Essays in Industrial Organization and Econometrics

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2010

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Abstract

This dissertation consists of three chapters relating to

identification and inference in dynamic microeconometric models

including dynamic discrete games with many players, dynamic games with

discrete and continuous choices, and semiparametric binary choice and

duration panel data models.

The first chapter provides a framework for estimating large-scale

dynamic discrete choice models (both single- and multi-agent models)

in continuous time. The advantage of working in continuous time is

that state changes occur sequentially, rather than simultaneously,

avoiding a substantial curse of dimensionality that arises in

multi-agent settings. Eliminating this computational bottleneck is

the key to providing a seamless link between estimating the model and

performing post-estimation counterfactuals. While recently developed

two-step estimation techniques have made it possible to estimate

large-scale problems, solving for equilibria remains computationally

challenging. In many cases, the models that applied researchers

estimate do not match the models that are then used to perform

counterfactuals. By modeling decisions in continuous time, we are able

to take advantage of the recent advances in estimation while

preserving a tight link between estimation and policy experiments. We

also consider estimation in situations with imperfectly sampled data,

such as when we do not observe the decision not to move, or when data

is aggregated over time, such as when only discrete-time data are

available at regularly spaced intervals. We illustrate the power of

our framework using several large-scale Monte Carlo experiments.

The second chapter considers semiparametric panel data binary choice

and duration models with fixed effects. Such models are point

identified when at least one regressor has full support on the real

line. It is common in practice, however, to have only discrete or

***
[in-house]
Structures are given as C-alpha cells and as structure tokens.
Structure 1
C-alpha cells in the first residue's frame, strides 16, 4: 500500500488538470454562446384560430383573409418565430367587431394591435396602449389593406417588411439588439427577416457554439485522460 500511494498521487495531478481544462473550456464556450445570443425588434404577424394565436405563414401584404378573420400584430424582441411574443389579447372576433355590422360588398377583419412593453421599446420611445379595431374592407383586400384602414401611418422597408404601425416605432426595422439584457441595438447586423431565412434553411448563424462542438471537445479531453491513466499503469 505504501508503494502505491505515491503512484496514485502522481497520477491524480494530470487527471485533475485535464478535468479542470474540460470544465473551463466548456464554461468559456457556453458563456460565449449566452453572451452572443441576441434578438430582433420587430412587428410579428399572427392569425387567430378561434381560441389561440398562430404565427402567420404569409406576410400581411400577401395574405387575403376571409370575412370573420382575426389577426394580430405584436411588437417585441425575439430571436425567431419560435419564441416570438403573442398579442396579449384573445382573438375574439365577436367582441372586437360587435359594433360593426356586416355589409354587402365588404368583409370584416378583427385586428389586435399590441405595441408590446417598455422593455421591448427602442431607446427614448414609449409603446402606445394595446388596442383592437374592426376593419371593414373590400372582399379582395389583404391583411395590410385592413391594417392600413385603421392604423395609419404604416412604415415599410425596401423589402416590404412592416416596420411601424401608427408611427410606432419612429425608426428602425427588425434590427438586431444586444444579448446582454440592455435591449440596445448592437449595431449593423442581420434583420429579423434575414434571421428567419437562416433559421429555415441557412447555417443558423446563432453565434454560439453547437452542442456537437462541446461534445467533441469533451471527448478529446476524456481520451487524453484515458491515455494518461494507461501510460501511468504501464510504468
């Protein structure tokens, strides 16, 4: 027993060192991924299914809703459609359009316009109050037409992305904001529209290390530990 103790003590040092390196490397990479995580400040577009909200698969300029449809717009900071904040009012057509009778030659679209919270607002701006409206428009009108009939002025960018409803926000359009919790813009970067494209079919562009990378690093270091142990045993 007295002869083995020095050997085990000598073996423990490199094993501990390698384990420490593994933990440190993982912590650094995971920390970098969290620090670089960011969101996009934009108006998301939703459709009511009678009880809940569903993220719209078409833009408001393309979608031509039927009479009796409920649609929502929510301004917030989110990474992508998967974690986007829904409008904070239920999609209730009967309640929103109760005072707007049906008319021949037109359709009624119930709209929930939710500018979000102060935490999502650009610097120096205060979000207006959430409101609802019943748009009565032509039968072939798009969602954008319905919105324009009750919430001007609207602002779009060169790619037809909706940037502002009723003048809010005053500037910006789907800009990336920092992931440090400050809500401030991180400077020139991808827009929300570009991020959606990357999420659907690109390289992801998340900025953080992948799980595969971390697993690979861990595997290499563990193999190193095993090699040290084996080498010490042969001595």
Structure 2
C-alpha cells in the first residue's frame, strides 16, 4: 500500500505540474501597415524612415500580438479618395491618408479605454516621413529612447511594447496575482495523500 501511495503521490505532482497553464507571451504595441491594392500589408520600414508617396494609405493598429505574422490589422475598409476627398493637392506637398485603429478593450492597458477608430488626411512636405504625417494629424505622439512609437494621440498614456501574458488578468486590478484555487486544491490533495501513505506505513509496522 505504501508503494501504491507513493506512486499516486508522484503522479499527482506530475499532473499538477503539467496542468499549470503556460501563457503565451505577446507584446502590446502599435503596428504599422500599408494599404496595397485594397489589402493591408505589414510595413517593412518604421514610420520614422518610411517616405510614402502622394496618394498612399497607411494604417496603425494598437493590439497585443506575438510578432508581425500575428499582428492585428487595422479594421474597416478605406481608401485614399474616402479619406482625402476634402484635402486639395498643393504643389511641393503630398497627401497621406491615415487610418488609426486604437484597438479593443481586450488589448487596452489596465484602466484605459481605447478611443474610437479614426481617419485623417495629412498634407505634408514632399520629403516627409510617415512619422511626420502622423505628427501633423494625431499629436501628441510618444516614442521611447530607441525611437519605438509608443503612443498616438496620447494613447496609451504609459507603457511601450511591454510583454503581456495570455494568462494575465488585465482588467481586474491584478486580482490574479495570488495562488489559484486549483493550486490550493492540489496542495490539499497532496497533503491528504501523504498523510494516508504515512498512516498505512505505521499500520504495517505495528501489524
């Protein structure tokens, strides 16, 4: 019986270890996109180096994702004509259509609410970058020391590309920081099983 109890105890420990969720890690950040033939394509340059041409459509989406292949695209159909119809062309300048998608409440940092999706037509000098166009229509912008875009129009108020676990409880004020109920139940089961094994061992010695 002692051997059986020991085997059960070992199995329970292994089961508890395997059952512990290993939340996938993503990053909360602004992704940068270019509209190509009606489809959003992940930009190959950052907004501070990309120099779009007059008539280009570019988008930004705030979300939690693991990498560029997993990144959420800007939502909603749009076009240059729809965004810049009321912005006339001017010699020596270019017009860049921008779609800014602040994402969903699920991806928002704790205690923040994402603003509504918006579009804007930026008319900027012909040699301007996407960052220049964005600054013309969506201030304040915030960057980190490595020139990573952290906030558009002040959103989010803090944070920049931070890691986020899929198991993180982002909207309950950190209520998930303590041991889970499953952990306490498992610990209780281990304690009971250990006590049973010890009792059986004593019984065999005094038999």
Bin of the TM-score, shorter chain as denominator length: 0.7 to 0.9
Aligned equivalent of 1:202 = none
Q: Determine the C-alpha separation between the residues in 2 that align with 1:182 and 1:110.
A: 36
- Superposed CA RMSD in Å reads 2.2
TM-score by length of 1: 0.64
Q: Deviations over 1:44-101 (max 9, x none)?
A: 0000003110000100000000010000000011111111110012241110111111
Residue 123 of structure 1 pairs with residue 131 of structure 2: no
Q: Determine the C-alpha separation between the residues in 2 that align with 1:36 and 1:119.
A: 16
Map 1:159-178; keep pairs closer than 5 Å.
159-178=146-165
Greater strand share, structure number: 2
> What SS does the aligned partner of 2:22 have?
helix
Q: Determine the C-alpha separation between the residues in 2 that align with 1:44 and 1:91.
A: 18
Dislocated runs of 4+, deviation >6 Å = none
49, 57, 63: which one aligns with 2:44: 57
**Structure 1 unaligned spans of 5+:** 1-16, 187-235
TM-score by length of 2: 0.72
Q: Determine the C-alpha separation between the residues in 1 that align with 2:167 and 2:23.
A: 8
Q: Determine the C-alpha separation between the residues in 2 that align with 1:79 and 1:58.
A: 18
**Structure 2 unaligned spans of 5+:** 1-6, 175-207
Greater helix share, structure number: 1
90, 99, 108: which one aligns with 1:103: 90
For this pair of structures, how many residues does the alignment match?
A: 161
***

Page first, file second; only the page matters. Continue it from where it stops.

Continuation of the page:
continuous, but possibly bounded, regressors. We focus on

identification, estimation, and inference for the identified set in

such cases, when the parameters of interest may only be partially

identified. We develop a set of general results for

criterion-function-based estimation and inference in partially

identified models which can be applied to both regular and irregular

models. We apply our general results first to a fixed effects binary

choice panel data model where we obtain a sharp characterization of

the identified set and propose a consistent set estimator,

establishing its rate of convergence under different conditions.

Rates arbitrarily close to n-1/3 are

possible when a continuous, but possibly bounded, regressor is

present. When all regressors are discrete the estimates converge

arbitrarily fast to the identified set. We also propose a

subsampling-based procedure for constructing confidence regions in the

models we consider. Finally, we carry out a series of Monte Carlo

experiments to illustrate and evaluate the proposed procedures. We

also consider extensions to other fixed effects panel data models such

as binary choice models with lagged dependent variables and duration

models.

The third chapter considers nonparametric identification of dynamic

games of incomplete information in which players make both discrete

and continuous choices. Such models are commonly used in applied work

in industrial organization where, for example, firms make discrete

entry and exit decisions followed by continuous investment decisions.

We first review existing identification results for single agent

dynamic discrete choice models before turning to single-agent models

with an additional continuous choice variable and finally to

multi-agent models with both discrete and continuous choices. We

provide conditions for nonparametric identification of the utility

function in both cases.

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Citation

Blevins, Jason Ryan (2010). Essays in Industrial Organization and Econometrics. Dissertation, Duke University. Retrieved from https://hdl.handle.net/10161/2365.

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